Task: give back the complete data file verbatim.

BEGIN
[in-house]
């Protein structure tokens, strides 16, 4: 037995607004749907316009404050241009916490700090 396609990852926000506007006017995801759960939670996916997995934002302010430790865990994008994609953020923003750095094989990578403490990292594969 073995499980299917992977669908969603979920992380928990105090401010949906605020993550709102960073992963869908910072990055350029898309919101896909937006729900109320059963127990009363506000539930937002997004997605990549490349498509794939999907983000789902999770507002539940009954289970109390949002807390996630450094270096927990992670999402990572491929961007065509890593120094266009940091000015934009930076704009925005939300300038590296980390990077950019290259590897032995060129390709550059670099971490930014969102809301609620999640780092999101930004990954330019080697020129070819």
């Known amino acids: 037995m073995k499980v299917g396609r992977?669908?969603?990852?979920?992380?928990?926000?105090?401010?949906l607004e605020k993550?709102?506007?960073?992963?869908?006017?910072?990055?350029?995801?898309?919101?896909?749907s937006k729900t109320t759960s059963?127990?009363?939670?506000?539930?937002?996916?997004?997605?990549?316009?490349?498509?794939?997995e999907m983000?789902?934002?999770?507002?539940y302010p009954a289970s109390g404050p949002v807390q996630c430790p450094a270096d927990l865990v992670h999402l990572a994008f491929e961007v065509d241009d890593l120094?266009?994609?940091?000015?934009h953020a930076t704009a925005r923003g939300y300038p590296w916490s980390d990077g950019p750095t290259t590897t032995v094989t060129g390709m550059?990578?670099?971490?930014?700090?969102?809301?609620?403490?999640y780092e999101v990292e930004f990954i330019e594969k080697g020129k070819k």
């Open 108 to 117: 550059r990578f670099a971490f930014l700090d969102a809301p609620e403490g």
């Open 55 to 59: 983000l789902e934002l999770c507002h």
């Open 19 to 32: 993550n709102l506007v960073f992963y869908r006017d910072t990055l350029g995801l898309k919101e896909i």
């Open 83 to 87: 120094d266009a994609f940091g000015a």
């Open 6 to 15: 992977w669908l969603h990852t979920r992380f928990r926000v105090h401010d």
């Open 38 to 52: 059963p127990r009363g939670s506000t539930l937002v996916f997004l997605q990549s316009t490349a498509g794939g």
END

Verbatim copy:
[in-house]
């Protein structure tokens, strides 16, 4: 037995607004749907316009404050241009916490700090 396609990852926000506007006017995801759960939670996916997995934002302010430790865990994008994609953020923003750095094989990578403490990292594969 073995499980299917992977669908969603979920992380928990105090401010949906605020993550709102960073992963869908910072990055350029898309919101896909937006729900109320059963127990009363506000539930937002997004997605990549490349498509794939999907983000789902999770507002539940009954289970109390949002807390996630450094270096927990992670999402990572491929961007065509890593120094266009940091000015934009930076704009925005939300300038590296980390990077950019290259590897032995060129390709550059670099971490930014969102809301609620999640780092999101930004990954330019080697020129070819």
């Known amino acids: 037995m073995k499980v299917g396609r992977?669908?969603?990852?979920?992380?928990?926000?105090?401010?949906l607004e605020k993550?709102?506007?960073?992963?869908?006017?910072?990055?350029?995801?898309?919101?896909?749907s937006k729900t109320t759960s059963?127990?009363?939670?506000?539930?937002?996916?997004?997605?990549?316009?490349?498509?794939?997995e999907m983000?789902?934002?999770?507002?539940y302010p009954a289970s109390g404050p949002v807390q996630c430790p450094a270096d927990l865990v992670h999402l990572a994008f491929e961007v065509d241009d890593l120094?266009?994609?940091?000015?934009h953020a930076t704009a925005r923003g939300y300038p590296w916490s980390d990077g950019p750095t290259t590897t032995v094989t060129g390709m550059?990578?670099?971490?930014?700090?969102?809301?609620?403490?999640y780092e999101v990292e930004f990954i330019e594969k080697g020129k070819k």
């Open 108 to 117: 550059r990578f670099a971490f930014l700090d969102a809301p609620e403490g």
């Open 55 to 59: 983000l789902e934002l999770c507002h």
């Open 19 to 32: 993550n709102l506007v960073f992963y869908r006017d910072t990055l350029g995801l898309k919101e896909i």
């Open 83 to 87: 120094d266009a994609f940091g000015a």
């Open 6 to 15: 992977w669908l969603h990852t979920r992380f928990r926000v105090h401010d």
């Open 38 to 52: 059963p127990r009363g939670s506000t539930l937002v996916f997004l997605q990549s316009t490349a498509g794939g």